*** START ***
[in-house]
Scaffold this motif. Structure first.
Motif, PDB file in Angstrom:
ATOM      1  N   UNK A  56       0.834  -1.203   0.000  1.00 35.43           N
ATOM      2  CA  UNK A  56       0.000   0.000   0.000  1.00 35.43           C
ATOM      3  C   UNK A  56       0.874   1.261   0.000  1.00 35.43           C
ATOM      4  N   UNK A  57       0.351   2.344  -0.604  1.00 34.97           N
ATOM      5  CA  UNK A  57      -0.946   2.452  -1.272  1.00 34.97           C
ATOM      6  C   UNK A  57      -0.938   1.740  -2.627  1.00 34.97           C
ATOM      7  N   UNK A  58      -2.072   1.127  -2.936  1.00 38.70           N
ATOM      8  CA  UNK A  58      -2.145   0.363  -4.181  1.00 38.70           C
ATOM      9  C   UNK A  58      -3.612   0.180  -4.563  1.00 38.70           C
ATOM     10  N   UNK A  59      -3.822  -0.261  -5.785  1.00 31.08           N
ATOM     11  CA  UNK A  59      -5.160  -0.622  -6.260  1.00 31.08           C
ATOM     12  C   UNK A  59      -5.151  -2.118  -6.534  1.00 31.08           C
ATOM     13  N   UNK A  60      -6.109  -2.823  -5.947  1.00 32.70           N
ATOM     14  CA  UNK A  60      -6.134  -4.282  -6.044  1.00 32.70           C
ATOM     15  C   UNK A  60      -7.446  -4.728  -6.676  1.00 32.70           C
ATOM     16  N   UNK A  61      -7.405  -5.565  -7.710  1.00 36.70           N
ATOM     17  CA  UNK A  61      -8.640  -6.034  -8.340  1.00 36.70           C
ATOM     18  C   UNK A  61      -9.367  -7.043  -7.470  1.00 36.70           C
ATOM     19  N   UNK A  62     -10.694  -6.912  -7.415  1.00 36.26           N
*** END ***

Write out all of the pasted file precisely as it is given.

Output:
[in-house]
Scaffold this motif. Structure first.
Motif, PDB file in Angstrom:
ATOM      1  N   UNK A  56       0.834  -1.203   0.000  1.00 35.43           N
ATOM      2  CA  UNK A  56       0.000   0.000   0.000  1.00 35.43           C
ATOM      3  C   UNK A  56       0.874   1.261   0.000  1.00 35.43           C
ATOM      4  N   UNK A  57       0.351   2.344  -0.604  1.00 34.97           N
ATOM      5  CA  UNK A  57      -0.946   2.452  -1.272  1.00 34.97           C
ATOM      6  C   UNK A  57      -0.938   1.740  -2.627  1.00 34.97           C
ATOM      7  N   UNK A  58      -2.072   1.127  -2.936  1.00 38.70           N
ATOM      8  CA  UNK A  58      -2.145   0.363  -4.181  1.00 38.70           C
ATOM      9  C   UNK A  58      -3.612   0.180  -4.563  1.00 38.70           C
ATOM     10  N   UNK A  59      -3.822  -0.261  -5.785  1.00 31.08           N
ATOM     11  CA  UNK A  59      -5.160  -0.622  -6.260  1.00 31.08           C
ATOM     12  C   UNK A  59      -5.151  -2.118  -6.534  1.00 31.08           C
ATOM     13  N   UNK A  60      -6.109  -2.823  -5.947  1.00 32.70           N
ATOM     14  CA  UNK A  60      -6.134  -4.282  -6.044  1.00 32.70           C
ATOM     15  C   UNK A  60      -7.446  -4.728  -6.676  1.00 32.70           C
ATOM     16  N   UNK A  61      -7.405  -5.565  -7.710  1.00 36.70           N
ATOM     17  CA  UNK A  61      -8.640  -6.034  -8.340  1.00 36.70           C
ATOM     18  C   UNK A  61      -9.367  -7.043  -7.470  1.00 36.70           C
ATOM     19  N   UNK A  62     -10.694  -6.912  -7.415  1.00 36.26           N